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A restored apprentice's copy reveals what what the Mona Lisa looked like back in the 16th century
February 2, 2012 12:54 PM   Subscribe

The Prado Museum in Madrid has what they had considered to be an inferior late-era replica of the Mona Lisa, a portrait surrounded by black. But when conservators compared infrared images of their copy with images taken in 2004 from the Leonardo's masterpiece, they found that the Prado replica closely resembled early under-drawings covered by the Mona Lisa everyone sees. Yesterday, Prado held a news conference to announce that their restoration efforts are nearly done and displayed the work in progress. The comparison is striking, showing details that might have been visible when the Mona Lisa was fresh, 500 years ago. The Guardian has more details and a high-detail portion of the apprentice's painting, believed to be by Francesco Melzi.

The restored colors are more vibrant than those of the possible true colors, as shown by a digital restoration company. And you can see the eyelashes and eyebrows, which probably existed on the original Mona Lisa, but have disappeared as the painting aged, according to Pascal Cotte, who presented his findings at the Secrets of Mona Lisa exhibit.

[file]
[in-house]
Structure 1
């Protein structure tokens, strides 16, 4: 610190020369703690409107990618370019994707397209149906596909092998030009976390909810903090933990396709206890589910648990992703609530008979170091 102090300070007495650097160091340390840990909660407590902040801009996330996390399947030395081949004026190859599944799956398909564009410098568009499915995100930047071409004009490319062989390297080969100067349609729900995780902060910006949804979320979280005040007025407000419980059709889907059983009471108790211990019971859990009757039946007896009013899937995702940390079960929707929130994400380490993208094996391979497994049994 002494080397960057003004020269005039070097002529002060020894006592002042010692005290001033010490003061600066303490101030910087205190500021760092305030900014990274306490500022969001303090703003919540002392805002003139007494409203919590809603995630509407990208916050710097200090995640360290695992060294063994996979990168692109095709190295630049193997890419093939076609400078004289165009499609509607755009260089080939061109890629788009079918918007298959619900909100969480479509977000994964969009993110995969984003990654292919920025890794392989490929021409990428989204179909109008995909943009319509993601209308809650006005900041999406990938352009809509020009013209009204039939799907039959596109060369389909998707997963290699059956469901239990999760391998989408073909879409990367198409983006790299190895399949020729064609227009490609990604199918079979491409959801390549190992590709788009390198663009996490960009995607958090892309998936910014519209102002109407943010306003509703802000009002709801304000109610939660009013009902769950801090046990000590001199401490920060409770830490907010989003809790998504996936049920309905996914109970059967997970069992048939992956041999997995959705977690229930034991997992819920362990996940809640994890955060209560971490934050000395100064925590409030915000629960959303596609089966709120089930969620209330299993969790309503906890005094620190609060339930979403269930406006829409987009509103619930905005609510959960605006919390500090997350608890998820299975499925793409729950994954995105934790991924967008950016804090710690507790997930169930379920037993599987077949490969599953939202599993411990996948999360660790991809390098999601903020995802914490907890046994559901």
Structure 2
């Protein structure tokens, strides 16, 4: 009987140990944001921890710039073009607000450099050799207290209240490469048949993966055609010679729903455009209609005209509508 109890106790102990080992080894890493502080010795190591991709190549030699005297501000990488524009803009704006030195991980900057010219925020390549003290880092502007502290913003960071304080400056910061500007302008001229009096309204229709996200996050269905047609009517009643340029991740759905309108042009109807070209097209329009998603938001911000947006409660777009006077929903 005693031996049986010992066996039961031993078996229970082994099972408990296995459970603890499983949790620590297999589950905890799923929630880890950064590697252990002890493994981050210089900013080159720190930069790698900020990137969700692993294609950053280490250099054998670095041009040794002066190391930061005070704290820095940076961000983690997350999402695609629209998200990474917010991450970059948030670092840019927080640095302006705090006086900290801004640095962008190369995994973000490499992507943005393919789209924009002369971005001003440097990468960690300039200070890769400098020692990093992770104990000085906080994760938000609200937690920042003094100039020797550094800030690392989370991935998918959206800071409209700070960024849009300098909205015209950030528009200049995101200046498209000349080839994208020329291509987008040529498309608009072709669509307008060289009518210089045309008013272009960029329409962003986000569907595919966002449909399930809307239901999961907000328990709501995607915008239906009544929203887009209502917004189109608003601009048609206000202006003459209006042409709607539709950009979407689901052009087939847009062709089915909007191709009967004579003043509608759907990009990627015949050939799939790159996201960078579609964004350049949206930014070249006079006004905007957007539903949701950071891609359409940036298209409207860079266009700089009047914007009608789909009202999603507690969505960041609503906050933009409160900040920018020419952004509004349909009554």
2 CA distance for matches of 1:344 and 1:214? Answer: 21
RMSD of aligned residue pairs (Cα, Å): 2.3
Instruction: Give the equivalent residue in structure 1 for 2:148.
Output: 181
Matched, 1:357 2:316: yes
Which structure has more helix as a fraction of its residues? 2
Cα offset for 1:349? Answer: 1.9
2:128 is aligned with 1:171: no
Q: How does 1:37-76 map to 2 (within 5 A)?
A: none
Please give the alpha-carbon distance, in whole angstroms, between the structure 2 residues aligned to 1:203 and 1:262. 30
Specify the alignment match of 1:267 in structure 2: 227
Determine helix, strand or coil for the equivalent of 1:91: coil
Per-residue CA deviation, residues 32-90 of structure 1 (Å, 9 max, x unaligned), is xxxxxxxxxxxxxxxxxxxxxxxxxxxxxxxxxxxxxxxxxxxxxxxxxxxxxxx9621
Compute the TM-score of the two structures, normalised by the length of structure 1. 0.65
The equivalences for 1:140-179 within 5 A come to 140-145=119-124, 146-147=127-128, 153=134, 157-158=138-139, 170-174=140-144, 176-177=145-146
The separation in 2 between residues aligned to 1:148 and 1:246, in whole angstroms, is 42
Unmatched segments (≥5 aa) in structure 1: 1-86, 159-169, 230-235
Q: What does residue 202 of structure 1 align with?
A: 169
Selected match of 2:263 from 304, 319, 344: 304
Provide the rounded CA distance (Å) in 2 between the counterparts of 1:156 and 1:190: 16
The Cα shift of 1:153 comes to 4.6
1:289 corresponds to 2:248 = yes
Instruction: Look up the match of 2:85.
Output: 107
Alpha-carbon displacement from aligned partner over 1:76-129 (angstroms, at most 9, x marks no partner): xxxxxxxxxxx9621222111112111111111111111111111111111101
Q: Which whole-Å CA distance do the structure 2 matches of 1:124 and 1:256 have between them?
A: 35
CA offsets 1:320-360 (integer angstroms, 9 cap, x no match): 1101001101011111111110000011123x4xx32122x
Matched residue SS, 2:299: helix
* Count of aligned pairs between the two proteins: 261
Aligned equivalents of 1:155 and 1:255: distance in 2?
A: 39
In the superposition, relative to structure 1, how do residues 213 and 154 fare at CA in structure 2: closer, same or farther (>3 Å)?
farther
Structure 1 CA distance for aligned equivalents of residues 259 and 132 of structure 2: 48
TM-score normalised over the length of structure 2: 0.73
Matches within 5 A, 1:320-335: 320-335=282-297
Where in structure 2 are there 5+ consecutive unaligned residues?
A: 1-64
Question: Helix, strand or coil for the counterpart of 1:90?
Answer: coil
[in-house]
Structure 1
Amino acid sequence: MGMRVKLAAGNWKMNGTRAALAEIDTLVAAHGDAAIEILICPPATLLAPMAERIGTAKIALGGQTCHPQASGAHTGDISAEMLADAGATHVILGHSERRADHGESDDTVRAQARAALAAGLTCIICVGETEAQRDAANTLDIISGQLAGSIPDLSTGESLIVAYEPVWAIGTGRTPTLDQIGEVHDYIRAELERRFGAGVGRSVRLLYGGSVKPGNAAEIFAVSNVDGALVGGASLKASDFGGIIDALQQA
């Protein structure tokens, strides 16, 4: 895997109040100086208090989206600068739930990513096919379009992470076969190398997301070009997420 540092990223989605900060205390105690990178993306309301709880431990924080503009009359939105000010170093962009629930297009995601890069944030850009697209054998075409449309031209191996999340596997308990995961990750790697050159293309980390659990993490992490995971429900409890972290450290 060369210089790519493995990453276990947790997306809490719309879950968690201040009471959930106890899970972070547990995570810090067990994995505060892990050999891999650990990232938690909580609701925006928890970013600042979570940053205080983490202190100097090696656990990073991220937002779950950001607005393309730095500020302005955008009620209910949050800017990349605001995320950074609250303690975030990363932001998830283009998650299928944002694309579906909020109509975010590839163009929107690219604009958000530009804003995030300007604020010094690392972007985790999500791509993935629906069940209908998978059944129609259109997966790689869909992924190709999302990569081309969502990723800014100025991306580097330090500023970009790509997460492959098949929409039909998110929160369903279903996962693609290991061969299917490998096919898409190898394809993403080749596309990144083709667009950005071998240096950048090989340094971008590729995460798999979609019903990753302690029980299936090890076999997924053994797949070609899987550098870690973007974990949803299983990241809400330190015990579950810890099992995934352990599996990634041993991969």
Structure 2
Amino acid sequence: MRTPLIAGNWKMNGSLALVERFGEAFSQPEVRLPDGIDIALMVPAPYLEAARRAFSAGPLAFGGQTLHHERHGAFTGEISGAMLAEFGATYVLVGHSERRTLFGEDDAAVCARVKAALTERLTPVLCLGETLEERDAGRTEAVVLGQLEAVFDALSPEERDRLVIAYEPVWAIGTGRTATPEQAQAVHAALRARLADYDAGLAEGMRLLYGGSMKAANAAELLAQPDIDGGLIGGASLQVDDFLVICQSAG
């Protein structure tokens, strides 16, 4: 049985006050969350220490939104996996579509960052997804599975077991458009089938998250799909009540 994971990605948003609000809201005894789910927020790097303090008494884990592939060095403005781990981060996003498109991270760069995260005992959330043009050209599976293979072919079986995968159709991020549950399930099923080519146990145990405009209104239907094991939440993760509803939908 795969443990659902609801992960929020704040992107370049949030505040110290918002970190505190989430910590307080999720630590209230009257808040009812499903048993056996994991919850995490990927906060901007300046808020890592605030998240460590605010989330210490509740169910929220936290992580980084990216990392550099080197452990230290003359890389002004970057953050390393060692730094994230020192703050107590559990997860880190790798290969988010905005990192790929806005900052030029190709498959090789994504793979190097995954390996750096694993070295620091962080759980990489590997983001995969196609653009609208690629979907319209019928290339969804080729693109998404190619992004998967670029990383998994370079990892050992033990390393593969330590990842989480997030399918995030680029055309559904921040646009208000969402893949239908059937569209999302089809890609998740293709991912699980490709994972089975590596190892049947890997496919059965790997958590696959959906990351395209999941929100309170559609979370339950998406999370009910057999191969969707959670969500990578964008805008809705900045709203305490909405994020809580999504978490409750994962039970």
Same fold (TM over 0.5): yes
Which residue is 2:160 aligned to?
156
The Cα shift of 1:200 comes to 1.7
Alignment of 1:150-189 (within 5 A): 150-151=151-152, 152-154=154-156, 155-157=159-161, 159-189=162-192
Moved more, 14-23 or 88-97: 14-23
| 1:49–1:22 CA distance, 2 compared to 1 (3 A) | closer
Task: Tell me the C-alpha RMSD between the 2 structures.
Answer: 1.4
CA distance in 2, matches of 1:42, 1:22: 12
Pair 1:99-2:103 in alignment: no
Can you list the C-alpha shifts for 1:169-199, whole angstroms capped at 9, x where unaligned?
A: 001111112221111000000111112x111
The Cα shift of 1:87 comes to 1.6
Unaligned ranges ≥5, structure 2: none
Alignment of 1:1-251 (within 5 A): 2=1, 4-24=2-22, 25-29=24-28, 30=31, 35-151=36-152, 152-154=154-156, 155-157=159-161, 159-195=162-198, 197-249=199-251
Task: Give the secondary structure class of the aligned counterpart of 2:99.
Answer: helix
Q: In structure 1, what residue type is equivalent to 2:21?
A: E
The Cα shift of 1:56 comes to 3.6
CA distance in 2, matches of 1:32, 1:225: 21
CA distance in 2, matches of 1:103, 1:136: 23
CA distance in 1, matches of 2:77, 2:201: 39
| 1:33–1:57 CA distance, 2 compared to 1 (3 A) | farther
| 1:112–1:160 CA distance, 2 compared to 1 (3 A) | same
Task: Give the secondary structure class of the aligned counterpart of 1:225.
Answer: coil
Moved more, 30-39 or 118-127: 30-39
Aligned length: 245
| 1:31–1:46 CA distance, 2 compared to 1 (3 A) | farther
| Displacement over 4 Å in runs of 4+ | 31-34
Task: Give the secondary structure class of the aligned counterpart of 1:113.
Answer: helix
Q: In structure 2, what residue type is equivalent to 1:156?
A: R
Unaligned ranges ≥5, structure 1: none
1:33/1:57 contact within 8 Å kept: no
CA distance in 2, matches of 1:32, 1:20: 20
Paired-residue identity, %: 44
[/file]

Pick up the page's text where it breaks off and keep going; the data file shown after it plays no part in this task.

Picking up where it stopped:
But which Mona Lisa imitator do you most trust – Leonardo's pupil, or Raphael?
posted by filthy light thief (21 comments total) 13 users marked this as a favorite

 
The art historian Bendor Grosvenor has a sceptical take on this story, pointing out that the Prado has yet to present any evidence.
posted by verstegan at 1:08 PM on February 2, 2012 [3 favorites]


I'm fascinated by the one bit of this story that really isn't touched on by any of the linked articles: what are the considerations in taking a work of art and massively altering it in the name of restoration?

The completely removed the black over-painting, which I don't know anything about. Was it the intent of the original artist? Was it a later modification? I mean, they kind of just decided they didn't like it, and removed it!
posted by danny the boy at 1:11 PM on February 2, 2012


Wow, so they haven't released any details on how they've concluded that this painting is actually that old, or how they've authenticated it? That does seem more than a little fishy.
posted by koeselitz at 1:17 PM on February 2, 2012


Which one was the original?
posted by charlie don't surf at 1:38 PM on February 2, 2012 [1 favorite]


Thanks, verstegan, those are good questions raised by Grosvenor. The Art Newspaper includes more citations in support of the piece being authentic, from technical specialists and art experts, at least more expert than I am. There's also a reference to a technical paper on the newly restored piece:
In a paper presented two weeks ago at a technical conference at London’s National Gallery, coinciding with its exhibition “Leonardo da Vinci: Painter at the Court of Milan” (until 5 February), conservators revealed that they had discovered that the black background was a later addition. This conference was not covered in the media (for a report, see our February print edition).